Afrapix was founded in 1982, by Weinberg in collaboration with Omar Badsha, Lesley Lawson, Biddy Partridge and Mxolise Mayo. A decade before the photographers associated with the Bang Bang club – Ken Oosterbroek, Kevin Carter, Greg Marinovic and Joao Silva – “Afrapix’s ethos was different to that of the Bang Bang Club. We were like a family. We were uncompetitive with each other: it was quite phenomenal. We had a lot of people who weren’t traditional photographers – there were housewives and people from the townships like darkroom assistants like Santu Mofokeng, who developed into heavyweights in the industry. We were there for strays and waifs, and anyone who was committed to the cause.

“It’s a big jump for documentary photographers like myself to enter the artworld,” he adds. “It’s a whole new vocabulary. I am in the minor league,” he says, but as the creator of several photographic books containing his different series, he’s developed a lot of street cred as a photographer who knows his stuff.

“But when I think of the 1970s, I remember how David Goldblatt’s books, like Some Afrikaners and On the Mine were available at Estoril books for R1.50: they were commercial failures at the time, but have gone on to become enormously iconic, and I believe there’s hope. Someday, maybe someone will be buying Paul Weinberg books in the same vein.”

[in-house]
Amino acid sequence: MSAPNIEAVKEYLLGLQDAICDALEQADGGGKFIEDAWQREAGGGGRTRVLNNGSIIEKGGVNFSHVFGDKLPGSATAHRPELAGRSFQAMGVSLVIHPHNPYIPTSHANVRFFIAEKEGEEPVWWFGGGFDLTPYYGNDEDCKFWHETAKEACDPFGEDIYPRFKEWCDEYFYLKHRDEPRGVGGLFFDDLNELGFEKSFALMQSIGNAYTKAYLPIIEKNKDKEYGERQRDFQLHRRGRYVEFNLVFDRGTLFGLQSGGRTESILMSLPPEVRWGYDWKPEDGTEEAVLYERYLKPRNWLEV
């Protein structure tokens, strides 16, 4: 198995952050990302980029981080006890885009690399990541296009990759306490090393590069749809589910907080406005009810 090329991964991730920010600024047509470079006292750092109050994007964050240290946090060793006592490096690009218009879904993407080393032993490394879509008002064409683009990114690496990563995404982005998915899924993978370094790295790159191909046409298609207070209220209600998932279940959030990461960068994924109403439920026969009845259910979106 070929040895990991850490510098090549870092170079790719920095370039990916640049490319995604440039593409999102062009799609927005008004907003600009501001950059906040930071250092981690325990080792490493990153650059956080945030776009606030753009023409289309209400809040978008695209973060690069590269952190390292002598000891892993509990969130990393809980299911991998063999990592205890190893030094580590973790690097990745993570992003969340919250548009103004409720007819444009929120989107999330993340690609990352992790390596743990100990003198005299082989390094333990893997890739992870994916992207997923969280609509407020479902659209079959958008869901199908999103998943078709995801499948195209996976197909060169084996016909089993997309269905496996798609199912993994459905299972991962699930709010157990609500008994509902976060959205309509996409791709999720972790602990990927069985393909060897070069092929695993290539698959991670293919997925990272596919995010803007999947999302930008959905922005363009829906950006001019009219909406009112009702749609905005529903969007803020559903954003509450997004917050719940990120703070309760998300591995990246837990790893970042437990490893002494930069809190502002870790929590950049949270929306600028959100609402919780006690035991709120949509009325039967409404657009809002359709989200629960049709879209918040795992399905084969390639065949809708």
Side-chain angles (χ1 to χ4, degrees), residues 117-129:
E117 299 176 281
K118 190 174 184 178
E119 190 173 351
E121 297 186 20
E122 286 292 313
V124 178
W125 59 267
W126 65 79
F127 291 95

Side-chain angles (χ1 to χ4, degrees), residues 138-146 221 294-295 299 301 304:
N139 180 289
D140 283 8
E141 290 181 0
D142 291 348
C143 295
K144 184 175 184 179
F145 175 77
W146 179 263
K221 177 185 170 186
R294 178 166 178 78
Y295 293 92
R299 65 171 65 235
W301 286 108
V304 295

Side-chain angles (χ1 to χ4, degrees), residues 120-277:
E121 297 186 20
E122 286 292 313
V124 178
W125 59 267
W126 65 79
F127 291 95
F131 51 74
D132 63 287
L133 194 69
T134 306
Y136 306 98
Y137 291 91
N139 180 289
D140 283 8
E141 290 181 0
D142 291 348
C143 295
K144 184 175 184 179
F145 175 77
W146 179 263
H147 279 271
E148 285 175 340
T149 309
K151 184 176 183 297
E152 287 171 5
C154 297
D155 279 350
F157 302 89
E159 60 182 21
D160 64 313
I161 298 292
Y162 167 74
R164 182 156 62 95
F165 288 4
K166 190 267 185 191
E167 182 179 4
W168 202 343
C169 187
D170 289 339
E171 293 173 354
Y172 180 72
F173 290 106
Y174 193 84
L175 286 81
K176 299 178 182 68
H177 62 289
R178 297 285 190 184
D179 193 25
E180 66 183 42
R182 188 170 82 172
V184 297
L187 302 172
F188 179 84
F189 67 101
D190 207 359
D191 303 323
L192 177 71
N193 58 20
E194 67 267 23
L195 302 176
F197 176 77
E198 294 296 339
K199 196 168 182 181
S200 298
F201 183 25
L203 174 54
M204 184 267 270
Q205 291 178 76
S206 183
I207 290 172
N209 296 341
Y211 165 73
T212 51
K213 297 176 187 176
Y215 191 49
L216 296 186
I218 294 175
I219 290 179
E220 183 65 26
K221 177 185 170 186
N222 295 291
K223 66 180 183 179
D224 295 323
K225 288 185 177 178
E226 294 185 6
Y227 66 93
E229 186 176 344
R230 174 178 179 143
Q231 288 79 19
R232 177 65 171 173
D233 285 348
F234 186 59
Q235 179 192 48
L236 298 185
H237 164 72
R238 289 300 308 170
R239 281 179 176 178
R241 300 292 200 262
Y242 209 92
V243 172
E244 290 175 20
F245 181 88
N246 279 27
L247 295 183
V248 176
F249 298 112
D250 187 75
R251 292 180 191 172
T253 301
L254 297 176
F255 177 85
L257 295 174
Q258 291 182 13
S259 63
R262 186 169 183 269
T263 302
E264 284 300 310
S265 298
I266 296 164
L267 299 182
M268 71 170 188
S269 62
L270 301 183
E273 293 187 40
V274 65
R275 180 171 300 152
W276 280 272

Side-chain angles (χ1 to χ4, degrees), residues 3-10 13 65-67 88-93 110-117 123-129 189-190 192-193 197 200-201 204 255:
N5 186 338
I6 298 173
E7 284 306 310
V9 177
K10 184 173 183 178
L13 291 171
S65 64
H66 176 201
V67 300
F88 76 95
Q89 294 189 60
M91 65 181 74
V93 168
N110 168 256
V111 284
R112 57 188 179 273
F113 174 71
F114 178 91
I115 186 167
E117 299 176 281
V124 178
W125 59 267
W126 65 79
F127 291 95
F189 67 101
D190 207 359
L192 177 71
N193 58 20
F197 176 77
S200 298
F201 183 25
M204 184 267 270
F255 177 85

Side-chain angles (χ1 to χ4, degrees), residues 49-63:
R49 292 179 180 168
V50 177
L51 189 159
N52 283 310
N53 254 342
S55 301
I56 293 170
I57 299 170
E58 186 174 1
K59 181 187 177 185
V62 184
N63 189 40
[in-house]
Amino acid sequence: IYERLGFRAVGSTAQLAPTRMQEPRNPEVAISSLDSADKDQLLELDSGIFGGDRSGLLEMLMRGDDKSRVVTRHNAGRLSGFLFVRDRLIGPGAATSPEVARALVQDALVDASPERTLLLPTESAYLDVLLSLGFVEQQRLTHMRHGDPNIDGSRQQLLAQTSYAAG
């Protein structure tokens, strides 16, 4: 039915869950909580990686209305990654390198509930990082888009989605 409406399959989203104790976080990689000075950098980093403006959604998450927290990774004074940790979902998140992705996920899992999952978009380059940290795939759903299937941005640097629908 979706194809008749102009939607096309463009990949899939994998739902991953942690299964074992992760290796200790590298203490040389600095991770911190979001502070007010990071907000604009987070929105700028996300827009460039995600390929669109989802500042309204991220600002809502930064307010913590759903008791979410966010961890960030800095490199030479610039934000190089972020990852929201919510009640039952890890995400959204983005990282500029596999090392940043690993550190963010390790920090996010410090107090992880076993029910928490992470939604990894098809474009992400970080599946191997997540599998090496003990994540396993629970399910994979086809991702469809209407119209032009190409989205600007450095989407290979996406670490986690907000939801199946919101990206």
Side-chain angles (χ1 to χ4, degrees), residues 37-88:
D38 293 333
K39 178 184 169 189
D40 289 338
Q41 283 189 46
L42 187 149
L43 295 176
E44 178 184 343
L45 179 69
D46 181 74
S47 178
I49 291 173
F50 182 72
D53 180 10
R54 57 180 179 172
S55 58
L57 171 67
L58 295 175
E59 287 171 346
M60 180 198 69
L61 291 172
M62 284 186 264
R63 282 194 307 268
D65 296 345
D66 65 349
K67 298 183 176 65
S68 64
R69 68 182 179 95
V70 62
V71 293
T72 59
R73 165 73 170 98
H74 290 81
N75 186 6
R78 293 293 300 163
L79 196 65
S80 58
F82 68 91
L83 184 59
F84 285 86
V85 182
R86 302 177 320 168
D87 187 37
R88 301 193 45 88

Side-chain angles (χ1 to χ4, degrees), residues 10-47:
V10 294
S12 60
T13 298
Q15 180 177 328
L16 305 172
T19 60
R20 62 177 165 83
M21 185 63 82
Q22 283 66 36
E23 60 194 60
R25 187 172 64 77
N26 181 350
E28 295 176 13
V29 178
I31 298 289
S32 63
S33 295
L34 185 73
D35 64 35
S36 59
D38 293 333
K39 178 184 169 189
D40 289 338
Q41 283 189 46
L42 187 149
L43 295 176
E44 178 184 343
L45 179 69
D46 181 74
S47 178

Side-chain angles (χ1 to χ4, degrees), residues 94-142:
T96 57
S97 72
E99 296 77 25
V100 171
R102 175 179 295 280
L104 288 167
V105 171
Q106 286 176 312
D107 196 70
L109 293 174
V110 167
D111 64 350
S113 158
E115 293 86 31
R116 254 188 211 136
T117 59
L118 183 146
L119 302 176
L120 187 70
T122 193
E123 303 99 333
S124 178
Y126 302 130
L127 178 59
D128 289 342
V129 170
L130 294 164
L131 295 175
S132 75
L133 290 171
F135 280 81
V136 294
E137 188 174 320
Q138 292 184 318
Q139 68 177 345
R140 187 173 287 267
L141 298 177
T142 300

In his capacity as photographic curator, where he is employed by the archives of the University of Cape Town, Weinberg is currently in the process of putting together a project called The Other Camera. “It’s about vernacular photography, which I have been researching over years and years. The opening of this exhibition at the Wits Art Museum will coincides with a Wits Institute for Social and Economic Research (Wiser) conference at Wits University in mid February.

“For this project, I have dug and found stuff way off the beaten track. Being aware of this genre has been amazing. Okwui Enwezor and Simon Njami have discovered the west African form of this genre of portrait photography and have exposed it to the world through Malick Sidibé and Sedou Keita but they’ve left out the southern African part.

“Does it make sense? This is really where urbanisation took off first in Africa. The connection with the camera and identity all that stuff to do with modernity was definitely going to happen.

“Photography has a weird place,” he concludes. “Photographers are sometimes inarticulate in various ways but they kind of know that this, in this moment, they have got something special. Often it is for the wrong reasons – fame and glory… but at the end of the day, one looks back at them and sees their value.”

  • We Love Mandela: In Memoriam is at the Welz Studio, Shop L38, Nelson Mandela Square, Sandton, December 5-January 11. Call Christa (011)026-6586 or Nadine 082-891-8252.

Ngezinyawo: Migrancy through a thoughtful loupe at WAM.